John McDonald

Blogging about politics, life, and the web

Federal Reserve Bets on Recovery

February 19th, 2010

Rate Hike Shows Expectation of Debt Repayments

Perhaps as a bluff to strong-arm the markets into optimism, or perhaps as a sign that they do know something useful in that pile of information that they’re keeping secret from the markets, the Federal Reserve has announced that they’ll be slightly raising the rate they change banks to borrow money.  Of course, banks will still be paying less than 1% while we have student loans that average 10% and credit card rates closer to 20%, but that’s what we call a “free market” for some strange reason.

But absent real financial and political reform, it is unlikely that consumer wages will be able to maintain the demand for most economic activity.  The problem we’re encountering is actually a relatively simple one:  Labor hasn’t enjoyed the benefits of increased productivity, and they’re starting to learn that they have nothing to gain from being so productive.  Further, since wages haven’t kept pace with the cost of living, individuals have to choose between making the mortgage on an underwater house or buying things that keep the future economy running.  Without seriously writing down the expected value of the financial sector’s mortgage loans, there’s just no way that American workers can support both sides of the economy – the fictional paper pushing one, and the real manufacturing and transportation one.

Its likely that this move will be remembered as a tragic act of hubris – one last attempt to prove that the economy could recover with just a bit of academic hocus pocus and the old trickle-down theory of printing more money for the ones who already had the biggest share.  Not only will a lot of houses be hitting the market this year, but so will a lot of mortgages reset triggering the next wave of defaults in high-end residential and commercial real estate.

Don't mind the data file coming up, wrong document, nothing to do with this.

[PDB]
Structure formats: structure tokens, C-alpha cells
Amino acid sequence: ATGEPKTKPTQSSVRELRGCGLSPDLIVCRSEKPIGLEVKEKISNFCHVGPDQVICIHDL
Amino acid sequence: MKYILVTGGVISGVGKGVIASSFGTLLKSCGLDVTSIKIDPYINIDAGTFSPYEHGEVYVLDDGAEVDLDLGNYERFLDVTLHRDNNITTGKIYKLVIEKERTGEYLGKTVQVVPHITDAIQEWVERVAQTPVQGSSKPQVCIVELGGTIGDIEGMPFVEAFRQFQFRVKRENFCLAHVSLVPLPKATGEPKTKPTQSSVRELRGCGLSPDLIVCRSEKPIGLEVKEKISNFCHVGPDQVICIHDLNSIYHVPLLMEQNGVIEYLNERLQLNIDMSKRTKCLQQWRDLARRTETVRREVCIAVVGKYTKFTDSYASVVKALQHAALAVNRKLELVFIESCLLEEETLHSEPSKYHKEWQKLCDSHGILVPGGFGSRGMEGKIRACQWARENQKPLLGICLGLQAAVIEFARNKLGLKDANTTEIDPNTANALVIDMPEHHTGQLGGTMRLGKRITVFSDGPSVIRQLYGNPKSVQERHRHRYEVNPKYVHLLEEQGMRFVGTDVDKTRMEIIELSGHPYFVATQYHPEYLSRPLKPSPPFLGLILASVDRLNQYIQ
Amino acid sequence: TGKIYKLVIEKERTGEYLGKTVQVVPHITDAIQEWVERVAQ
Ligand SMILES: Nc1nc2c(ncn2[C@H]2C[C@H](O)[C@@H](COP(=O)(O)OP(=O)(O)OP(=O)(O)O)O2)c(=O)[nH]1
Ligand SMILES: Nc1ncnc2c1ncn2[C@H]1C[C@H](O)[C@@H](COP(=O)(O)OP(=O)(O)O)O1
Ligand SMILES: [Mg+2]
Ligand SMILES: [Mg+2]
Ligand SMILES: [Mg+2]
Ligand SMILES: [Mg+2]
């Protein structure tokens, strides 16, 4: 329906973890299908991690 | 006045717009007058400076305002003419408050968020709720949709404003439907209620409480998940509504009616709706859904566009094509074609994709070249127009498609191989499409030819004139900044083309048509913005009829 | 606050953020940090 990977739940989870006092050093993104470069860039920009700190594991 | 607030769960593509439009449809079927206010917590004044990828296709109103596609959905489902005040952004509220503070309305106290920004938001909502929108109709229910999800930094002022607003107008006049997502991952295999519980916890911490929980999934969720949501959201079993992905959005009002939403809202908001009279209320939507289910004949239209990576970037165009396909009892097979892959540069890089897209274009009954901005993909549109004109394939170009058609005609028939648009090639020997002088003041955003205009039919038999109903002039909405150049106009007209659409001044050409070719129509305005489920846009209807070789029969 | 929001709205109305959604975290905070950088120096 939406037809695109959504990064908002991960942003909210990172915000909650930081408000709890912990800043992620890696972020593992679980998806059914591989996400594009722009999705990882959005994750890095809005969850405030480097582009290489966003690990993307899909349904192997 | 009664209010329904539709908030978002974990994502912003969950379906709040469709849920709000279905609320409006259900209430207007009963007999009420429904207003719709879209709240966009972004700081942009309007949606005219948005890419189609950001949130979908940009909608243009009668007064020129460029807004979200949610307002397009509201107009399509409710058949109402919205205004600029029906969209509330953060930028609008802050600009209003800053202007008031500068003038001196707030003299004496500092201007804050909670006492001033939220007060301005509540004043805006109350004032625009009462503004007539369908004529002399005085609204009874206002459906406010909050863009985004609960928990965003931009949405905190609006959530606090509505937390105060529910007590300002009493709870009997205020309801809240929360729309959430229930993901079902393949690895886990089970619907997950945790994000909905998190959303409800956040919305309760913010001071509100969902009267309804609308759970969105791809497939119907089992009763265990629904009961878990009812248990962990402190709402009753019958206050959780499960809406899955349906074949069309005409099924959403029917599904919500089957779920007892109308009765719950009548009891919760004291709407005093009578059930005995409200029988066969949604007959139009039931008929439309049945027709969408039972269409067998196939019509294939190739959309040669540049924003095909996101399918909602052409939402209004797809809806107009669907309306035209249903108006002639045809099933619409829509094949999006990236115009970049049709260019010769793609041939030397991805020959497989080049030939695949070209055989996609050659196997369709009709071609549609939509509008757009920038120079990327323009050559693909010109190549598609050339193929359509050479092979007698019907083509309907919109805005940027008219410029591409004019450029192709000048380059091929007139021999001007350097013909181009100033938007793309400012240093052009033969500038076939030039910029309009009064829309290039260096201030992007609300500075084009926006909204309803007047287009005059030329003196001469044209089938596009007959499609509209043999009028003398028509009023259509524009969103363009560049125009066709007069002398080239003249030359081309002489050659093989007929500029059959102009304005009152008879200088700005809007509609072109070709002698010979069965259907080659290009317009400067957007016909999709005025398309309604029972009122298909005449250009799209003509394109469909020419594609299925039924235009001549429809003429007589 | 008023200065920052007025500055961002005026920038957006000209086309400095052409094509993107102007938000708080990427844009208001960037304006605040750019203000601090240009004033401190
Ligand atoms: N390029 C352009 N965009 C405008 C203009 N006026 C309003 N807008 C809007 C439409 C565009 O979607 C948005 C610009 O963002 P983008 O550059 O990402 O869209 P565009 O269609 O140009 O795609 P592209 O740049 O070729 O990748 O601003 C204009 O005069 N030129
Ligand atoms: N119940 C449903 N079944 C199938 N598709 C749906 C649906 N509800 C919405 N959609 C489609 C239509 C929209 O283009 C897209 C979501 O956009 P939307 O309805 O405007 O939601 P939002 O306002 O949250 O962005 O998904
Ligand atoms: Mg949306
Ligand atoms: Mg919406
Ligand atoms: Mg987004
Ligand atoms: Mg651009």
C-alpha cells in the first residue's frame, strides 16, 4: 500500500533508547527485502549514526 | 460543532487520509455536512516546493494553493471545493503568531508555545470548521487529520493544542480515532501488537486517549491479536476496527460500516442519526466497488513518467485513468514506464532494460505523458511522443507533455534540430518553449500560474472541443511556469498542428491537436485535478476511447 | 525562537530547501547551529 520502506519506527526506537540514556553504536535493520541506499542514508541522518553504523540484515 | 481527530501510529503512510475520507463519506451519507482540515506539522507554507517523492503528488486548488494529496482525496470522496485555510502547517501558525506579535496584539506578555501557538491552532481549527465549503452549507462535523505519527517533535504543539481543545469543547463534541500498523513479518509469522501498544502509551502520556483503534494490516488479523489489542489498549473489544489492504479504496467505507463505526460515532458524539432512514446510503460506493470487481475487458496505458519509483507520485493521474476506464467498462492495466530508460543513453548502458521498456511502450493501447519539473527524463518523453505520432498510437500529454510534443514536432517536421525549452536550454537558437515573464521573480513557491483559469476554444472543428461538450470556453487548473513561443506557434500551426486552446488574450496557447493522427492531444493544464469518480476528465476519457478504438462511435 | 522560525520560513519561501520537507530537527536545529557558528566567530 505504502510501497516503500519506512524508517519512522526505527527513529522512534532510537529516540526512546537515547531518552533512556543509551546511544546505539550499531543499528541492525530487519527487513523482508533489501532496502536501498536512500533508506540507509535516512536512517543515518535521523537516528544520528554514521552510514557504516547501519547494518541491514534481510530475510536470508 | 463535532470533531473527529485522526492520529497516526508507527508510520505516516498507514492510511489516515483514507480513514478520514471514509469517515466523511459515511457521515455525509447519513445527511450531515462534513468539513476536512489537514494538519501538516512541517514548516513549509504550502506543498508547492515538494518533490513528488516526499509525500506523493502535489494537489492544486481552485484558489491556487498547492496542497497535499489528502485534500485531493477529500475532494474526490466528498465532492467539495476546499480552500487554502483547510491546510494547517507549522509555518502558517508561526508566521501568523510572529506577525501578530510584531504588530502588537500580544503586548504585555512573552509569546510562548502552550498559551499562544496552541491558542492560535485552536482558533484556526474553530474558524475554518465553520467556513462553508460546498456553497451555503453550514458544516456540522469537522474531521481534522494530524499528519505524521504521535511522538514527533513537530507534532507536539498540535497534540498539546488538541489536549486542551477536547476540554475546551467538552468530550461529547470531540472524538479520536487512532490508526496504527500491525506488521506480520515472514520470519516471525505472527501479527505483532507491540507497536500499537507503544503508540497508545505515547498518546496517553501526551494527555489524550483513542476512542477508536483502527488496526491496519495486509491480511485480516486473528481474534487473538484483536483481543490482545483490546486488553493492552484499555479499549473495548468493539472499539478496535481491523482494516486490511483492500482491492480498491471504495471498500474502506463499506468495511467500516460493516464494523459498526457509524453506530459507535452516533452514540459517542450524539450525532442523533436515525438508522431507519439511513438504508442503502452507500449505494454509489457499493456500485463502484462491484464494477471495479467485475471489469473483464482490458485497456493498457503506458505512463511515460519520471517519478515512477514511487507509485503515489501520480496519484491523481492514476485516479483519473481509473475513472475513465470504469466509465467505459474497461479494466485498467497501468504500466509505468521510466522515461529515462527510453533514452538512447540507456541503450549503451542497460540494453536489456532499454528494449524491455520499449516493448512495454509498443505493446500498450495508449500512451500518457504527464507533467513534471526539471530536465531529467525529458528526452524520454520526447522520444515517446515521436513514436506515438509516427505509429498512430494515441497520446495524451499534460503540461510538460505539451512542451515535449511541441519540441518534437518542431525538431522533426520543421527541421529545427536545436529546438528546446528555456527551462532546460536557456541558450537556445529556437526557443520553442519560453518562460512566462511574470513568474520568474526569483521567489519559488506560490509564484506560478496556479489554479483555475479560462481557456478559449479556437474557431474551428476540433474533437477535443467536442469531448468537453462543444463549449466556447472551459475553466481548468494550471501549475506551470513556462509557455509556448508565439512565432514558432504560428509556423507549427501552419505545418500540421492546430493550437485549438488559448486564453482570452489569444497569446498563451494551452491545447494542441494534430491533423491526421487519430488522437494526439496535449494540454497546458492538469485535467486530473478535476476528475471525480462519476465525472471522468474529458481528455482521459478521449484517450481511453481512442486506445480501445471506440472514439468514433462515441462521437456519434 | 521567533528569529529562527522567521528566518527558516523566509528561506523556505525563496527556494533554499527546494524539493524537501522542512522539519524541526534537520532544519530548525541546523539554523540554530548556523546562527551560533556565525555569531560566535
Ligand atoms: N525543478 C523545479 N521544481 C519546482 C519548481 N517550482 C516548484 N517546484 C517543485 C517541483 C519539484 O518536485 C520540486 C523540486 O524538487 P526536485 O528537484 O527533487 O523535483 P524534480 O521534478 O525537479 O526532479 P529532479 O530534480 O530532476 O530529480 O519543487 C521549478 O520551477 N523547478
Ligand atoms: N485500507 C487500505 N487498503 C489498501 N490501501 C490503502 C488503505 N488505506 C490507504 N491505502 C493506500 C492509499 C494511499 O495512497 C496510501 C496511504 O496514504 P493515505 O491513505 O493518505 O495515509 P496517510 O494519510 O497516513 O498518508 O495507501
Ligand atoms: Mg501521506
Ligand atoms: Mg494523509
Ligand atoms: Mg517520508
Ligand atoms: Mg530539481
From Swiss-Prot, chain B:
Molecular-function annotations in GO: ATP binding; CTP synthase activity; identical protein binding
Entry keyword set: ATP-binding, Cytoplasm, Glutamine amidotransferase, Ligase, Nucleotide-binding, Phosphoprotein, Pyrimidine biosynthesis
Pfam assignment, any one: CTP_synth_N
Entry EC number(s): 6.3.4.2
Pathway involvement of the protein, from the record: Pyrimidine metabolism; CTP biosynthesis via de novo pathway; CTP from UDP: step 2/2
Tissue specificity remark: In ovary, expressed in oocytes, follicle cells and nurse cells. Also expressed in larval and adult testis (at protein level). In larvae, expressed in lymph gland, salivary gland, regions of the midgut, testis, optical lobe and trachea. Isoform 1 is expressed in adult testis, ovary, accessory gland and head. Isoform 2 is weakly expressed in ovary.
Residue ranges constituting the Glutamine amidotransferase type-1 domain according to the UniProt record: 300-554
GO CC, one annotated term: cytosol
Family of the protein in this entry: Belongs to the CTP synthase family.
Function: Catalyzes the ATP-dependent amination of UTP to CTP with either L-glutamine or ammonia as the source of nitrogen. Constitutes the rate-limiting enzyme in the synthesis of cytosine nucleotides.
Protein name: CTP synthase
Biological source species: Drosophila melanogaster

Severe Weather Warning

Regardless of what business you’re in (well, unless you’re a banker I guess) you should probably hold on tight and get ready for one heck of a ride.  All signs point to sharp deflationary contractions through the coming year, but that won’t stop the supply of dollars from growing at the same exact time foreign demand for them falls.

Inflation or Deflation?

Yes, the deflation vs. inflation debate is over.  We can indeed have both and here’s how it will happen:

The value of American owned assets will deflate, and this will be followed up by the Federal Reserve releasing more money into the economy in an attempt to compensate or even that first effect out.  Since the only mechanism the Federal Reserve & Treasury use to put money into the economy is to transfer it to chartered banks, they’ll continue to hold this free cash in reserve so they can stay in business at all.

Since the aggregate money supply doesn’t actually “correct” the original over-pricing of American assets, foreign investors lose their appetite for dollar-denominated assets.

So what happens in the end?

The number of dollars doesn’t change, but the home-owning middle-class has fewer of them and the investors and bankers have more of them.  All of the dollars buy fewer raw materials, or food items, or manufactured products than they used to (except in that technological and production improvements cause real prices to drop.)

So energy and food and medicine and tuition all continue to skyrocket at the exact same time that people are losing jobs or working fewer hours.

Misery loves company

Is there any kind of hope or silver lining?  Well, as bad as America has screwed up its finances, places like Greece, England, Iceland, and Spain might just be worse off than we are.  The fact that other nations also got caught up in the bubble frenzy might actually protect us from some of the worst consequences.  Or, because of how much the internet allows us to do business across borders and how we rely on foreign sales to balance out our budgets, it could just be the next feedback mechanism for a deep and prolonged economic crisis.

Your email address will not be published. Required fields are marked *